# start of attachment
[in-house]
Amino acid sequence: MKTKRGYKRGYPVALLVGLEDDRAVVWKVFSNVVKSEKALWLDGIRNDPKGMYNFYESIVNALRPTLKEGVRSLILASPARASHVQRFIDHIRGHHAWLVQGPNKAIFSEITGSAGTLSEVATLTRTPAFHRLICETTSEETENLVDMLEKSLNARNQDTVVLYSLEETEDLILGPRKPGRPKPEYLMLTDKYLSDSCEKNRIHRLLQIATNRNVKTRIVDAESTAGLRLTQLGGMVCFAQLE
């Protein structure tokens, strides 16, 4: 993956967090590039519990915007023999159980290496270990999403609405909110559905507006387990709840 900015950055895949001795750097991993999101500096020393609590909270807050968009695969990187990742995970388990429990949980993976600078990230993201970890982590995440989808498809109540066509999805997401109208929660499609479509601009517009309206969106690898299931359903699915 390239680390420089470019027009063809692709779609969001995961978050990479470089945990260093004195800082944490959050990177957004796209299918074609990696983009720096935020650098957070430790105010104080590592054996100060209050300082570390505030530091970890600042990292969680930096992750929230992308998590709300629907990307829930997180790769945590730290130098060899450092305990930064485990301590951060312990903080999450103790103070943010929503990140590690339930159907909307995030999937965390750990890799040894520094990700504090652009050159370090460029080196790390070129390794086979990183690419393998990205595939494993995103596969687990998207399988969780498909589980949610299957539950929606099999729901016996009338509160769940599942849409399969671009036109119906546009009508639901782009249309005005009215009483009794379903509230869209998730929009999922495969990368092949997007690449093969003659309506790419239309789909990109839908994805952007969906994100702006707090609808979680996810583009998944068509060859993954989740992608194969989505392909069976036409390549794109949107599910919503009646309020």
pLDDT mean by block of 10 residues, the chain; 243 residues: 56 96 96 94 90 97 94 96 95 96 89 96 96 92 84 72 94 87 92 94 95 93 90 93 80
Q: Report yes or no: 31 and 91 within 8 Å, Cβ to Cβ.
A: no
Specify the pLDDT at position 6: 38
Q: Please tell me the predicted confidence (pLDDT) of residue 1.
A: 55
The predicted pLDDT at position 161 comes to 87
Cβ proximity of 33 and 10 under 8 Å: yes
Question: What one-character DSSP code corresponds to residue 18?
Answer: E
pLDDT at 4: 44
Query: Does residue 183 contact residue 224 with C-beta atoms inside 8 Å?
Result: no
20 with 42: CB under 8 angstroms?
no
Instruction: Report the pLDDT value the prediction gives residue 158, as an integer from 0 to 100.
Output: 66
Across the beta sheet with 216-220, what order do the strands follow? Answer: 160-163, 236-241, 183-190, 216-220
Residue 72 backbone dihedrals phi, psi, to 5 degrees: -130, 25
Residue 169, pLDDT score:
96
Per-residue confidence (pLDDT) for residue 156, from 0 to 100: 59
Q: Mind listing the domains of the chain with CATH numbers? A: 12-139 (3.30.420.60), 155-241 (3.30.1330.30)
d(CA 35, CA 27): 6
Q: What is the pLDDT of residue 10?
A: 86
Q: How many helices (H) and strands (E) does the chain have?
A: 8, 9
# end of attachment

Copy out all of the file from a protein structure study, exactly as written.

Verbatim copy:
[in-house]
Amino acid sequence: MKTKRGYKRGYPVALLVGLEDDRAVVWKVFSNVVKSEKALWLDGIRNDPKGMYNFYESIVNALRPTLKEGVRSLILASPARASHVQRFIDHIRGHHAWLVQGPNKAIFSEITGSAGTLSEVATLTRTPAFHRLICETTSEETENLVDMLEKSLNARNQDTVVLYSLEETEDLILGPRKPGRPKPEYLMLTDKYLSDSCEKNRIHRLLQIATNRNVKTRIVDAESTAGLRLTQLGGMVCFAQLE
């Protein structure tokens, strides 16, 4: 993956967090590039519990915007023999159980290496270990999403609405909110559905507006387990709840 900015950055895949001795750097991993999101500096020393609590909270807050968009695969990187990742995970388990429990949980993976600078990230993201970890982590995440989808498809109540066509999805997401109208929660499609479509601009517009309206969106690898299931359903699915 390239680390420089470019027009063809692709779609969001995961978050990479470089945990260093004195800082944490959050990177957004796209299918074609990696983009720096935020650098957070430790105010104080590592054996100060209050300082570390505030530091970890600042990292969680930096992750929230992308998590709300629907990307829930997180790769945590730290130098060899450092305990930064485990301590951060312990903080999450103790103070943010929503990140590690339930159907909307995030999937965390750990890799040894520094990700504090652009050159370090460029080196790390070129390794086979990183690419393998990205595939494993995103596969687990998207399988969780498909589980949610299957539950929606099999729901016996009338509160769940599942849409399969671009036109119906546009009508639901782009249309005005009215009483009794379903509230869209998730929009999922495969990368092949997007690449093969003659309506790419239309789909990109839908994805952007969906994100702006707090609808979680996810583009998944068509060859993954989740992608194969989505392909069976036409390549794109949107599910919503009646309020």
pLDDT mean by block of 10 residues, the chain; 243 residues: 56 96 96 94 90 97 94 96 95 96 89 96 96 92 84 72 94 87 92 94 95 93 90 93 80
Q: Report yes or no: 31 and 91 within 8 Å, Cβ to Cβ.
A: no
Specify the pLDDT at position 6: 38
Q: Please tell me the predicted confidence (pLDDT) of residue 1.
A: 55
The predicted pLDDT at position 161 comes to 87
Cβ proximity of 33 and 10 under 8 Å: yes
Question: What one-character DSSP code corresponds to residue 18?
Answer: E
pLDDT at 4: 44
Query: Does residue 183 contact residue 224 with C-beta atoms inside 8 Å?
Result: no
20 with 42: CB under 8 angstroms?
no
Instruction: Report the pLDDT value the prediction gives residue 158, as an integer from 0 to 100.
Output: 66
Across the beta sheet with 216-220, what order do the strands follow? Answer: 160-163, 236-241, 183-190, 216-220
Residue 72 backbone dihedrals phi, psi, to 5 degrees: -130, 25
Residue 169, pLDDT score:
96
Per-residue confidence (pLDDT) for residue 156, from 0 to 100: 59
Q: Mind listing the domains of the chain with CATH numbers? A: 12-139 (3.30.420.60), 155-241 (3.30.1330.30)
d(CA 35, CA 27): 6
Q: What is the pLDDT of residue 10?
A: 86
Q: How many helices (H) and strands (E) does the chain have?
A: 8, 9